Matteo Trucco, MD: Ewing sarcoma is the second most common bone tumor that we see, in pediatrics, at least. It kind of spans from school-age kids all the way up to people in their twenties, kind of rare beyond 30 years old. But there's only a few hundred cases of Ewing sarcoma in the US every year. So few people see enough Ewing sarcomas to really have an expertise on it. While the upfront therapy is pretty standard, it's five drugs that we've been using for at least the last 20, 30 years. After that upfront therapy, when someone relapses, or depending on where the tumor is, that's where things get a little trickier and require some expertise, some people with more experience in dealing with this specific tumor, be it from a radiation standpoint, be it from a surgical standpoint, or a medical standpoint.

One of the cases that was presented recently was a tumor that arose near the spine. One of the docs in Michigan, who was presenting the case, asked has anyone had any experience with giving intrathecal chemotherapy for Ewing sarcomas that arise around the spine. Just so happened that that several people had given Topotecan intrathecally for Ewing sarcoma, but after discussing the case and reviewing it, we actually all didn't think that it was indicated in this specific case. Those are the kind of not straightforward approaches to Ewing sarcoma that comes up during these meetings.

Dale Shepard, MD, PhD: I guess not only maybe a discussion of a treatment plan, but is the goal also to maybe identify local specialists who can perform a particular procedure like a surgery or radiation? Is that also one of the goals?

Matteo Trucco, MD: Yeah, absolutely. One of the goals is to identify local experts that can help out. Again, we have surgeons and radiation specialists from across the country, from California to Massachusetts. Not only that, but also clinical trials that may be available throughout the country closer to the specific patient, or maybe if it's across the country, but it's a very promising trial, that might be a great option for that patient. This is a venue, because most of the people running those trials are participating in this tumor board, so that was another hope for this tumor board to just help the awareness of all the trials that are out there.

As you know, Dale, we both run clinical trials, and we try to stay abreast of all the clinical trials out there, but it's nearly impossible. For something as rare as Ewing sarcoma, you would really want to find the best treatment and the best clinical trial for a patient, and this is a venue for sharing that expertise and that knowledge.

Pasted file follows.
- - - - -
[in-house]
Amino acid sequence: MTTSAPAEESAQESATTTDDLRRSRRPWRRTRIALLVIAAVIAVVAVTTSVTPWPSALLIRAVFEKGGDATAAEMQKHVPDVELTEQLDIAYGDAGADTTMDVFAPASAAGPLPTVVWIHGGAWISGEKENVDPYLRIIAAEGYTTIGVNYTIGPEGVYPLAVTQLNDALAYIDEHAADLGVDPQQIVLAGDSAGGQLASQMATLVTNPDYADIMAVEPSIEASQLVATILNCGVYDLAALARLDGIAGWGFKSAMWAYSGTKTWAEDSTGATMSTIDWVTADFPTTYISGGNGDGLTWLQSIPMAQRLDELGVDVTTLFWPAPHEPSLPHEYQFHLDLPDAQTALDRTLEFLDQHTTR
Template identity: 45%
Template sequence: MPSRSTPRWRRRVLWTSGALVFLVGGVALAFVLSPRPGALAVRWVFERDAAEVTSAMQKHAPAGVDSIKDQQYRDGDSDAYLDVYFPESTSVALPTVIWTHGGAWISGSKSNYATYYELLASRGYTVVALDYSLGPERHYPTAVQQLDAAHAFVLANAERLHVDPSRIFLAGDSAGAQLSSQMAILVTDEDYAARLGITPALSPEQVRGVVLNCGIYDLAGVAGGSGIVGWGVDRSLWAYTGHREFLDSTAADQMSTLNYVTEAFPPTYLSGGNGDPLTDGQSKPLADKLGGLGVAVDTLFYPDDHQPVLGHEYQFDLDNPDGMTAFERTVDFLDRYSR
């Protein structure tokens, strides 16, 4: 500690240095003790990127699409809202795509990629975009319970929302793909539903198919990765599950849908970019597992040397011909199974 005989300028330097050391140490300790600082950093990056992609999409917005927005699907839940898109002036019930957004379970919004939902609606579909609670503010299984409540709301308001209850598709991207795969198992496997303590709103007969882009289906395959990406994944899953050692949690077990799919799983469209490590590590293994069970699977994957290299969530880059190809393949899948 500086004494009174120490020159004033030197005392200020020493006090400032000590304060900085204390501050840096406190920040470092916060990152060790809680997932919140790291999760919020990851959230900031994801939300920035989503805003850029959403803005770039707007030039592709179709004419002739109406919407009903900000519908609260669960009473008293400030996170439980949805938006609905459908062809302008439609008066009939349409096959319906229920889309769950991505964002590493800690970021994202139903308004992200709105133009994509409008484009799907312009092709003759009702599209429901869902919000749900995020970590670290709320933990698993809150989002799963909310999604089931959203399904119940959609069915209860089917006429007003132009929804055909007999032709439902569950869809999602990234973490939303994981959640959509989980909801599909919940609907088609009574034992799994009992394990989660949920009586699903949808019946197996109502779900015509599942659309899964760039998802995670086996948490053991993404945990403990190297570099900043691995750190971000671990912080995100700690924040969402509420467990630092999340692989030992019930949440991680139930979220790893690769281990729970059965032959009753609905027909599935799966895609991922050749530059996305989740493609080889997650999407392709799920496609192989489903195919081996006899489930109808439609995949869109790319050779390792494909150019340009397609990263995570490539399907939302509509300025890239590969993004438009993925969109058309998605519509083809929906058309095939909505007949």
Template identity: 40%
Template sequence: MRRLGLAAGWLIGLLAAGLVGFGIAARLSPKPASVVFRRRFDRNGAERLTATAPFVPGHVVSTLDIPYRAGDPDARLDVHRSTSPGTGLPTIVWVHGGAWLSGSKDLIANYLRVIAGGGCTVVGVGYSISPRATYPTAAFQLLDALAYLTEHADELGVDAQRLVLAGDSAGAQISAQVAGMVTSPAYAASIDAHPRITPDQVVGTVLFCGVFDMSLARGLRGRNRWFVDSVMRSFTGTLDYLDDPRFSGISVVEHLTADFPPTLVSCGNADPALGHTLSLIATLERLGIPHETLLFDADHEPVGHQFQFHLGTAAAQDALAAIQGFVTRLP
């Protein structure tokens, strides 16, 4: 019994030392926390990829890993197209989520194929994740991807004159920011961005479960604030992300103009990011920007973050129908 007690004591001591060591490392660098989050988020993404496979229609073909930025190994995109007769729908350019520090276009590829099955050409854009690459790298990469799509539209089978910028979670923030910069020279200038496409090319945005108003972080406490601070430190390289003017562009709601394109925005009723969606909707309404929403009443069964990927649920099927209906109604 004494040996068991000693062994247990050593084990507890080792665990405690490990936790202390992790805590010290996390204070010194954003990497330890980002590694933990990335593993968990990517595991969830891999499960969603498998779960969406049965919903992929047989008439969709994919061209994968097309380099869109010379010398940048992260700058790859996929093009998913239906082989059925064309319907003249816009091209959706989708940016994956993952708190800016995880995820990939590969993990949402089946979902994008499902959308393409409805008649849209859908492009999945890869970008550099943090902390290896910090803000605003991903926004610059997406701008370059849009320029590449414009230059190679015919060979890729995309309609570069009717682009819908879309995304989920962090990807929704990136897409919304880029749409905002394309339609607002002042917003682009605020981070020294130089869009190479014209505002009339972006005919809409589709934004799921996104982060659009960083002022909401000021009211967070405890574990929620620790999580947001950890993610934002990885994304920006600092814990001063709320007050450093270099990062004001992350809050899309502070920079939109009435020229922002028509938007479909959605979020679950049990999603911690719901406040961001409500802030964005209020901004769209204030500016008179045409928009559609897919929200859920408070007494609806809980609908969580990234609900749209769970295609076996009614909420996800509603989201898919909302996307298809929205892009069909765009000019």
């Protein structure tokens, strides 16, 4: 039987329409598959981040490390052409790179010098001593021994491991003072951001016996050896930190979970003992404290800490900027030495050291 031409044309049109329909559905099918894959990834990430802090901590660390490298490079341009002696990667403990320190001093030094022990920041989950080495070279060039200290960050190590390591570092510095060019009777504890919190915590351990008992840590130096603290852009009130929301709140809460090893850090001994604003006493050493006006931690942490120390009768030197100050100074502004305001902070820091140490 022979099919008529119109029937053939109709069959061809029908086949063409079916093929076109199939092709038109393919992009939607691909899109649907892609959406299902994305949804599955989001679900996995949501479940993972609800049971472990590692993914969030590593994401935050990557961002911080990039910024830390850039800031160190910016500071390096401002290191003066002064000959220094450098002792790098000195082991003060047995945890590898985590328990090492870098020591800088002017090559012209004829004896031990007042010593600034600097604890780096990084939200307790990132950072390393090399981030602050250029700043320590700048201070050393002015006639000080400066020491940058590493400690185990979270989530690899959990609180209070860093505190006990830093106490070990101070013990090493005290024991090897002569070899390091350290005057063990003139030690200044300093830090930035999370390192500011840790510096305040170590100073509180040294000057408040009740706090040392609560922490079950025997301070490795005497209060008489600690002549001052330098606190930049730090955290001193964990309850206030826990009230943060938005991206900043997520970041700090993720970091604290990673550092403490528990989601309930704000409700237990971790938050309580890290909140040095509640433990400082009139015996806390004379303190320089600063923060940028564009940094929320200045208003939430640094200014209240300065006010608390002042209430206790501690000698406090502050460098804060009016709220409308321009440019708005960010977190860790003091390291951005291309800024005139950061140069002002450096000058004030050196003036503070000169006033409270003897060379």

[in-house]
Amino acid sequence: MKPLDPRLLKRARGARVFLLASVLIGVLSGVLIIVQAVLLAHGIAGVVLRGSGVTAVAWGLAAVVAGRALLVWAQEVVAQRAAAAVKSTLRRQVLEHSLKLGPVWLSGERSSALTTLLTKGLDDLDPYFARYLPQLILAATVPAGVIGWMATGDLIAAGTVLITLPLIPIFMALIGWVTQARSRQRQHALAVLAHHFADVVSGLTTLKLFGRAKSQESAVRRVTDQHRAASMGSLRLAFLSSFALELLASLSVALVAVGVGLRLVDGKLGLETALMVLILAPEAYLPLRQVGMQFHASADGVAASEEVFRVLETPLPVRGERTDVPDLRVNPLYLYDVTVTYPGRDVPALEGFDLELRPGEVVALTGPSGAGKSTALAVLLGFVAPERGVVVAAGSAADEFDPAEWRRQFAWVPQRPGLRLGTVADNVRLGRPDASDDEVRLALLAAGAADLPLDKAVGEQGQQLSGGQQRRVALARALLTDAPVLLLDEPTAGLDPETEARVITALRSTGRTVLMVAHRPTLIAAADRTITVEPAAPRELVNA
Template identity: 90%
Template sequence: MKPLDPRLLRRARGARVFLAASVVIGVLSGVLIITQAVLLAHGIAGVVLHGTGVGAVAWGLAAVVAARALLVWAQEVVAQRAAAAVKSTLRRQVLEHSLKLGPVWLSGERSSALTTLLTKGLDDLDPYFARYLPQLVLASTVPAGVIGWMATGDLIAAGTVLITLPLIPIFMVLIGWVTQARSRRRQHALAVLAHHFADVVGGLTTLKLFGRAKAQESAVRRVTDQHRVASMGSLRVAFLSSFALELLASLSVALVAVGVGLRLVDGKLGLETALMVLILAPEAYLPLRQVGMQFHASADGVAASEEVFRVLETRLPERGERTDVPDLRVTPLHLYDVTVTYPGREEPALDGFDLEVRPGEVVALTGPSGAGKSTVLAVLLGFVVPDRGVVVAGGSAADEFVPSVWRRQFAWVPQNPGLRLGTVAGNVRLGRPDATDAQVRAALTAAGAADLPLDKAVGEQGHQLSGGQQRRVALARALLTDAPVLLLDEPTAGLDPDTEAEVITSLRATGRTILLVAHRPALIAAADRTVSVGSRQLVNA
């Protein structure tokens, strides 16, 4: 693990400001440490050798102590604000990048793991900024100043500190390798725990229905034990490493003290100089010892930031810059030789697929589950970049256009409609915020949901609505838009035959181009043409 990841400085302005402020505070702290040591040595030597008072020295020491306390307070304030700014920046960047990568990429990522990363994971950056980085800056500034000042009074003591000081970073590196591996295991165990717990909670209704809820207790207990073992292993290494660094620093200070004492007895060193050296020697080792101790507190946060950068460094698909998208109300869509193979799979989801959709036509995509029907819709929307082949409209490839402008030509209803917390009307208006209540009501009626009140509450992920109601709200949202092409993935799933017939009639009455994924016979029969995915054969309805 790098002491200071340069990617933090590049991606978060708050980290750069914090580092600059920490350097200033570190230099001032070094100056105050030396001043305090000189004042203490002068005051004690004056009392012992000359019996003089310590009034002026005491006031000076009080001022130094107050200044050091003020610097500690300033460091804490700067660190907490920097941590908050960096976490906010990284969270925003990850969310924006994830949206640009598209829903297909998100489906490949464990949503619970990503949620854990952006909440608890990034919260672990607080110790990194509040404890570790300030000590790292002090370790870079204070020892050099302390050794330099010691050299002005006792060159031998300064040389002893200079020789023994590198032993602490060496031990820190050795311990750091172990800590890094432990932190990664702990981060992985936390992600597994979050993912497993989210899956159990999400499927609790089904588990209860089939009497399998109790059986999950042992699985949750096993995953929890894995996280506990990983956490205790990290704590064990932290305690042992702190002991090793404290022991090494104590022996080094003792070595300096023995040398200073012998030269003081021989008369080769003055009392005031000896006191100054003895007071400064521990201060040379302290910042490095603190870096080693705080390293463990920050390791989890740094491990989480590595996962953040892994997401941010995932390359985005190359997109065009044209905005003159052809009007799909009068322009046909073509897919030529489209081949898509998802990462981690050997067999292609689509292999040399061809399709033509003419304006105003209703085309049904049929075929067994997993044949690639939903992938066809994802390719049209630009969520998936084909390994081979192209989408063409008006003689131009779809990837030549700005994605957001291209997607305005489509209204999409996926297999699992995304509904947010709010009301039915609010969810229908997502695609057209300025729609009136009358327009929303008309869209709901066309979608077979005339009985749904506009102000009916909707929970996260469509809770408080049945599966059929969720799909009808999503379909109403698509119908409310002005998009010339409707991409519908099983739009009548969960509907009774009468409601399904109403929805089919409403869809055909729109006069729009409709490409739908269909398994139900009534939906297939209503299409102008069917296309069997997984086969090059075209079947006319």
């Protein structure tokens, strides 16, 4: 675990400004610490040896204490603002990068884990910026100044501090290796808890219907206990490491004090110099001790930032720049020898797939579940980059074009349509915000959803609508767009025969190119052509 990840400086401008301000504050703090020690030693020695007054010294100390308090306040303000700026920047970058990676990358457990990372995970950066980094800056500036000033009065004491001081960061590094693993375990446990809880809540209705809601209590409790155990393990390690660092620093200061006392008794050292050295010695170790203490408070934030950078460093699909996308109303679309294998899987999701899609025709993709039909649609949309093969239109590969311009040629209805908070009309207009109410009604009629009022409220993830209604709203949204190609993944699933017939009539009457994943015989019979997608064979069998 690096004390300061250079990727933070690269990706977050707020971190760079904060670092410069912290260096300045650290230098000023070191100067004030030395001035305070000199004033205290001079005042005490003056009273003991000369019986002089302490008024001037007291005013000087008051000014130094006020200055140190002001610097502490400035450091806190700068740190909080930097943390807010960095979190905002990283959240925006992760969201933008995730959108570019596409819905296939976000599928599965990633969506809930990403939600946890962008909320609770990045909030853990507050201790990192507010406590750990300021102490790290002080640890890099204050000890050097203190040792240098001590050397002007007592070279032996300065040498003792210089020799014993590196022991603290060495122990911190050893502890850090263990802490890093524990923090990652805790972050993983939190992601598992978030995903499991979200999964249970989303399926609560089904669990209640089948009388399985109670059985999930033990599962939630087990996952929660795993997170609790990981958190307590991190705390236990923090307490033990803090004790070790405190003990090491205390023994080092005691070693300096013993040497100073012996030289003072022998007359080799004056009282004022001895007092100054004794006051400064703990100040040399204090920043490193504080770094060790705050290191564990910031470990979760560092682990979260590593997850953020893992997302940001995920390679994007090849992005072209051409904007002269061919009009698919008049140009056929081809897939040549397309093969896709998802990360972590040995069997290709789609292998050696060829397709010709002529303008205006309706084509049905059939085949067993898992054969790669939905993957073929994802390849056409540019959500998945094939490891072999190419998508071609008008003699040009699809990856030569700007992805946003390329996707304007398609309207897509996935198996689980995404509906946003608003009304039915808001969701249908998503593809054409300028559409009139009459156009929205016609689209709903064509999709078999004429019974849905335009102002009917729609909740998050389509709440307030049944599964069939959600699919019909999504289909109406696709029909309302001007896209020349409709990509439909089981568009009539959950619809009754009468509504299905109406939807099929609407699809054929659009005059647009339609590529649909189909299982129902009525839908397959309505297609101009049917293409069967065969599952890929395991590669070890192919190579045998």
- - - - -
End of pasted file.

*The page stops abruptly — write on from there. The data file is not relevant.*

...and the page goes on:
Dale Shepard, MD, PhD: And particularly with rare tumors like Ewing sarcoma, sarcomas in general, other rare tumors, having the adequate path review is huge. Is there a mechanism by which maybe a local community doc that might be interested in presenting a case can have either imaging reviewed or pathology review? Is that something that is a possibility? How are we negotiating that?

Matteo Trucco, MD: It's a little tricky, because getting pathology slides reviewed require shipping the actual slides to our pathologist. But what we did enable anyone submitting a case to do is specify, listen, we want a sarcoma pathologist expert to be part of the meeting, or we want sarcoma radiology expert to be part of the meeting. Then it's not perfect, but they can at least present on the screen a copy of the pathology slide, and the pathologist can weigh in and share their thoughts about the various different stainings. Again, the molecular part of some analyses is also a part of the data we ask the physicians to submit when presenting a case.

On the flip side, we asked that if they really, really, really want pathology reviewed, to have a pathologist on their end pull up the actual slides in real time, that then a pathologist on our end could weigh in on and look at, and then kind of discuss a little bit more. Similarly, for radiology, for scans, unless they send us the CD with the scans, which isn't always feasible to do in time for the tumor board, but if they can pull it up, we give them control of the screen, they can pull up the scans and go through them, and our radiologists weigh in and share their thoughts and contribute that way.

Dale Shepard, MD, PhD: Tell us a little bit about the process. How does a case get submitted?